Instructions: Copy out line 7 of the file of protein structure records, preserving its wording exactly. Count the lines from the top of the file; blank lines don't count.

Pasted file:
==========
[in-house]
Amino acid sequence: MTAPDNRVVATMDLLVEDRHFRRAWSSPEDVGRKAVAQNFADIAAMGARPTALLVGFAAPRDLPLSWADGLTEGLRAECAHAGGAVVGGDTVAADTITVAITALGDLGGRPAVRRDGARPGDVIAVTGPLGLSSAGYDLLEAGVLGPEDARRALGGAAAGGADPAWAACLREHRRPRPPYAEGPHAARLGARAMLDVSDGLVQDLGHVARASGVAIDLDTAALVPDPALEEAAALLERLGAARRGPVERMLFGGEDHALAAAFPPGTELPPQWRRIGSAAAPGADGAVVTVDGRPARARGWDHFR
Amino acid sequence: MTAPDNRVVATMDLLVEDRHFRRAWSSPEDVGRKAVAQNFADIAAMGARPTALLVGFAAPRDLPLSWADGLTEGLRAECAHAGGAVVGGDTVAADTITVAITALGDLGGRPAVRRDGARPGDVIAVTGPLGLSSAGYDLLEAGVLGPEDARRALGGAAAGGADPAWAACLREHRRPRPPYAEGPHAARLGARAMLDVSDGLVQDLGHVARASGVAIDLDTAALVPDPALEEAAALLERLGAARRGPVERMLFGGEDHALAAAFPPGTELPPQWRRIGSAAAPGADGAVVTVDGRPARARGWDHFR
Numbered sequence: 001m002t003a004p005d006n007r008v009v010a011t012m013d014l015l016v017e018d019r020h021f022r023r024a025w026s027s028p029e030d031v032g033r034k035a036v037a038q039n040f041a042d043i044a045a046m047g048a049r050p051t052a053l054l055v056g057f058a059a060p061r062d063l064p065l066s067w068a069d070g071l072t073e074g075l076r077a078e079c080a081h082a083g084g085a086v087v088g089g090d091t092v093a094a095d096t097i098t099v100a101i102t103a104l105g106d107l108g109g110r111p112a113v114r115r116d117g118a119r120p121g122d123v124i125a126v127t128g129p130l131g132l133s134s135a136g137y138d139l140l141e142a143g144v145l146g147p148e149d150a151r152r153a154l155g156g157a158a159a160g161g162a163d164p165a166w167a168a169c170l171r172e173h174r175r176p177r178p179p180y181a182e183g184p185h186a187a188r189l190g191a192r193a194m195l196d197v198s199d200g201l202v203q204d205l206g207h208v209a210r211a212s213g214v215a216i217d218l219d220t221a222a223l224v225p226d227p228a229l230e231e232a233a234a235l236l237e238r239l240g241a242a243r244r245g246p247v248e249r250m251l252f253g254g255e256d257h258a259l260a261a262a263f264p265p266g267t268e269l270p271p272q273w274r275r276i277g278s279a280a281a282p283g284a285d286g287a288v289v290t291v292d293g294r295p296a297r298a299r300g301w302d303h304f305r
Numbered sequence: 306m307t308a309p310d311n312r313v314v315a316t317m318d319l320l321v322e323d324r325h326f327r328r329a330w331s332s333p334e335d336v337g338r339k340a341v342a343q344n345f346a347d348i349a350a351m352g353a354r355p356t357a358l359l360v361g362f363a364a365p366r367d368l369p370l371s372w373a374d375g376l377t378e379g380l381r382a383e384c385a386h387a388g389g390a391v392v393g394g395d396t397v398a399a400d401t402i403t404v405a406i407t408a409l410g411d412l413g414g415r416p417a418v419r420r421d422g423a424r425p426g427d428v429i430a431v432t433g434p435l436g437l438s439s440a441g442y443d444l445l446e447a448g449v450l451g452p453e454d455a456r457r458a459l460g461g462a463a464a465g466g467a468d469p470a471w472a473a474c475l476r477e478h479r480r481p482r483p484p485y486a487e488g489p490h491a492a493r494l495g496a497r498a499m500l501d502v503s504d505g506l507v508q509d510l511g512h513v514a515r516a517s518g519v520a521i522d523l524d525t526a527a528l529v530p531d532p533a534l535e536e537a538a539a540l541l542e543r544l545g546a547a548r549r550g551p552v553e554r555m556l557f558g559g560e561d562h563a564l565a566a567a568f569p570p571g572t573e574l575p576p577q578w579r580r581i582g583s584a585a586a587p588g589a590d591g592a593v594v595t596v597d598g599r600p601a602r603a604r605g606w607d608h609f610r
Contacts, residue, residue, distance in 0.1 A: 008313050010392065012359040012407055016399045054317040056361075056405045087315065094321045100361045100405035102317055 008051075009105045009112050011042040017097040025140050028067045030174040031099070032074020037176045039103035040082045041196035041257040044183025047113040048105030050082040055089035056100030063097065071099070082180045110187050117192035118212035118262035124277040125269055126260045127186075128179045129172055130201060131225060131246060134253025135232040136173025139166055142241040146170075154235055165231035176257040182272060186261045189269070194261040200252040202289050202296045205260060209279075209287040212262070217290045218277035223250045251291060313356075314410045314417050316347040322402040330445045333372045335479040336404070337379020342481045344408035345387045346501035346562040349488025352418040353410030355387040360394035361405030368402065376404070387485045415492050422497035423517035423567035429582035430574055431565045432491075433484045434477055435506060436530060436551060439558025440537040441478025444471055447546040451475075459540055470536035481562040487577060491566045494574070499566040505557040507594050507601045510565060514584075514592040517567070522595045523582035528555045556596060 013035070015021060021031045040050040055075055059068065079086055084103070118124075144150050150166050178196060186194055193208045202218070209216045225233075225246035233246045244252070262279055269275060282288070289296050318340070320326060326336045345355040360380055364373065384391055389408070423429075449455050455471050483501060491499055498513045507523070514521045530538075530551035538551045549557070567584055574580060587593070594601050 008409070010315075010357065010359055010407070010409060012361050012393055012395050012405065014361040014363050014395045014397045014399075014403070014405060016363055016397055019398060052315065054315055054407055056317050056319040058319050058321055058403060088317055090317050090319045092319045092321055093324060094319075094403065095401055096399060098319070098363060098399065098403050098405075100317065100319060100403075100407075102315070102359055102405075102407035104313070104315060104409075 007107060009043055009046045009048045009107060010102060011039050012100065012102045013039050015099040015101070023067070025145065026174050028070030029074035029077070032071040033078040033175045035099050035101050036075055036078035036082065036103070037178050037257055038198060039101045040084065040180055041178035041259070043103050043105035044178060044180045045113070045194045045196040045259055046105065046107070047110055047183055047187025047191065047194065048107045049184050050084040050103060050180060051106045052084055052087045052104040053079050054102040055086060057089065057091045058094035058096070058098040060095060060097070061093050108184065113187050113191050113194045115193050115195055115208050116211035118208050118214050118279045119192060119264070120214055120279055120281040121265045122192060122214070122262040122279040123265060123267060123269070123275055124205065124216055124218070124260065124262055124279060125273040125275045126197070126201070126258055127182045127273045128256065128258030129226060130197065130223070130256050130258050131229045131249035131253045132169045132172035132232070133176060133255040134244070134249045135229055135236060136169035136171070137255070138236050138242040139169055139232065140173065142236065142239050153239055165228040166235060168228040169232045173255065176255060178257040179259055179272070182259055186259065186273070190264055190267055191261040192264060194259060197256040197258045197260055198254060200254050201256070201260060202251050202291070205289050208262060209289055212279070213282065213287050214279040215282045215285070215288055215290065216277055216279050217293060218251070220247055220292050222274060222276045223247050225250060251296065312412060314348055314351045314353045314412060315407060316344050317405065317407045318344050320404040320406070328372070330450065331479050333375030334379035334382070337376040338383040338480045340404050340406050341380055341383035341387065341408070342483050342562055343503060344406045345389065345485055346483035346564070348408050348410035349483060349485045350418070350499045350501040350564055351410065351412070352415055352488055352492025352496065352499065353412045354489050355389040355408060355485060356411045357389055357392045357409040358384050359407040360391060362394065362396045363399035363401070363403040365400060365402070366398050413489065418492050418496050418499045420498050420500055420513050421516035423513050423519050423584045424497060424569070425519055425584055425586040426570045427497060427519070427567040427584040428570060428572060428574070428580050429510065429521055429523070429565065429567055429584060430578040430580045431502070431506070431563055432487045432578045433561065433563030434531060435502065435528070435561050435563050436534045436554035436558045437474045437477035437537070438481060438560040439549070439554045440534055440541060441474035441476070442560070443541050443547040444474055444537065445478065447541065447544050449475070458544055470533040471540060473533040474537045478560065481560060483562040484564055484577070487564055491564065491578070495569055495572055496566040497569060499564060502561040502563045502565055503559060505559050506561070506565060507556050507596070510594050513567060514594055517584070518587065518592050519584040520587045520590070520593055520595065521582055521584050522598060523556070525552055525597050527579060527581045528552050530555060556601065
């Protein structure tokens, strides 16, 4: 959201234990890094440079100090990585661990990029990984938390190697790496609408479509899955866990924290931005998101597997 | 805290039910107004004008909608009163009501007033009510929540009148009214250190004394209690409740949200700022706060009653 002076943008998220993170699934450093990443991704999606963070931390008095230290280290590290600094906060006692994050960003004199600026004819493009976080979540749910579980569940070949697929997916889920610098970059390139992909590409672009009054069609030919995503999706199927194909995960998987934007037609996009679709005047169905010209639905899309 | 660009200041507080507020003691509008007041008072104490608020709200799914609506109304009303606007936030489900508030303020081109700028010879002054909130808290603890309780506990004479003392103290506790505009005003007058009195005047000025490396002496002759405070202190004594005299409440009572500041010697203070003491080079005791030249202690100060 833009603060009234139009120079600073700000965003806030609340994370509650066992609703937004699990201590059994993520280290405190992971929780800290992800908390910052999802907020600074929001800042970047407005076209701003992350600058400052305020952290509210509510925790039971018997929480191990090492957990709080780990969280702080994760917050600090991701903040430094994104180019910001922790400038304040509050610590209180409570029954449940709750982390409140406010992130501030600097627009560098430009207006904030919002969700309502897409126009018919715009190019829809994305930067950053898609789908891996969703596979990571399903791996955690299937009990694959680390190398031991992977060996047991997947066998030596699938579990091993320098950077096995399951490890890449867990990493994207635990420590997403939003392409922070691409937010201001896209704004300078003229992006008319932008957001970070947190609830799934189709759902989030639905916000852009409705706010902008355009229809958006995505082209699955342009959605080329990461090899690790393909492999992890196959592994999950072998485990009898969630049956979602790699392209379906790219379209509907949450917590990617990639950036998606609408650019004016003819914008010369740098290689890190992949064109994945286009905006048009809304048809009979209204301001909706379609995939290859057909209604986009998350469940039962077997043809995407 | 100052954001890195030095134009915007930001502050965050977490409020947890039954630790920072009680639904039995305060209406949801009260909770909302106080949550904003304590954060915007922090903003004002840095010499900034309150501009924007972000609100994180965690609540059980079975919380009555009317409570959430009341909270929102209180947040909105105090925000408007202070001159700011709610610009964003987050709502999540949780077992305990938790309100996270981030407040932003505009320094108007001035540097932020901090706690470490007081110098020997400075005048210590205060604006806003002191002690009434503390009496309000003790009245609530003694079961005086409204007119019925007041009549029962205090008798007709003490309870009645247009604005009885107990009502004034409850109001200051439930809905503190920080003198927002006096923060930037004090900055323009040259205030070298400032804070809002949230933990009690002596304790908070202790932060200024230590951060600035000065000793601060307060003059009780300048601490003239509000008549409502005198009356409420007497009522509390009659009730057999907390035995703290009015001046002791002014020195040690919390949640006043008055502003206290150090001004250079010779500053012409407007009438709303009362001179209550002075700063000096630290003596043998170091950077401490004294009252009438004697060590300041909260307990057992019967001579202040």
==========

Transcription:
């Protein structure tokens, strides 16, 4: 959201234990890094440079100090990585661990990029990984938390190697790496609408479509899955866990924290931005998101597997 | 805290039910107004004008909608009163009501007033009510929540009148009214250190004394209690409740949200700022706060009653 002076943008998220993170699934450093990443991704999606963070931390008095230290280290590290600094906060006692994050960003004199600026004819493009976080979540749910579980569940070949697929997916889920610098970059390139992909590409672009009054069609030919995503999706199927194909995960998987934007037609996009679709005047169905010209639905899309 | 660009200041507080507020003691509008007041008072104490608020709200799914609506109304009303606007936030489900508030303020081109700028010879002054909130808290603890309780506990004479003392103290506790505009005003007058009195005047000025490396002496002759405070202190004594005299409440009572500041010697203070003491080079005791030249202690100060 833009603060009234139009120079600073700000965003806030609340994370509650066992609703937004699990201590059994993520280290405190992971929780800290992800908390910052999802907020600074929001800042970047407005076209701003992350600058400052305020952290509210509510925790039971018997929480191990090492957990709080780990969280702080994760917050600090991701903040430094994104180019910001922790400038304040509050610590209180409570029954449940709750982390409140406010992130501030600097627009560098430009207006904030919002969700309502897409126009018919715009190019829809994305930067950053898609789908891996969703596979990571399903791996955690299937009990694959680390190398031991992977060996047991997947066998030596699938579990091993320098950077096995399951490890890449867990990493994207635990420590997403939003392409922070691409937010201001896209704004300078003229992006008319932008957001970070947190609830799934189709759902989030639905916000852009409705706010902008355009229809958006995505082209699955342009959605080329990461090899690790393909492999992890196959592994999950072998485990009898969630049956979602790699392209379906790219379209509907949450917590990617990639950036998606609408650019004016003819914008010369740098290689890190992949064109994945286009905006048009809304048809009979209204301001909706379609995939290859057909209604986009998350469940039962077997043809995407 | 100052954001890195030095134009915007930001502050965050977490409020947890039954630790920072009680639904039995305060209406949801009260909770909302106080949550904003304590954060915007922090903003004002840095010499900034309150501009924007972000609100994180965690609540059980079975919380009555009317409570959430009341909270929102209180947040909105105090925000408007202070001159700011709610610009964003987050709502999540949780077992305990938790309100996270981030407040932003505009320094108007001035540097932020901090706690470490007081110098020997400075005048210590205060604006806003002191002690009434503390009496309000003790009245609530003694079961005086409204007119019925007041009549029962205090008798007709003490309870009645247009604005009885107990009502004034409850109001200051439930809905503190920080003198927002006096923060930037004090900055323009040259205030070298400032804070809002949230933990009690002596304790908070202790932060200024230590951060600035000065000793601060307060003059009780300048601490003239509000008549409502005198009356409420007497009522509390009659009730057999907390035995703290009015001046002791002014020195040690919390949640006043008055502003206290150090001004250079010779500053012409407007009438709303009362001179209550002075700063000096630290003596043998170091950077401490004294009252009438004697060590300041909260307990057992019967001579202040």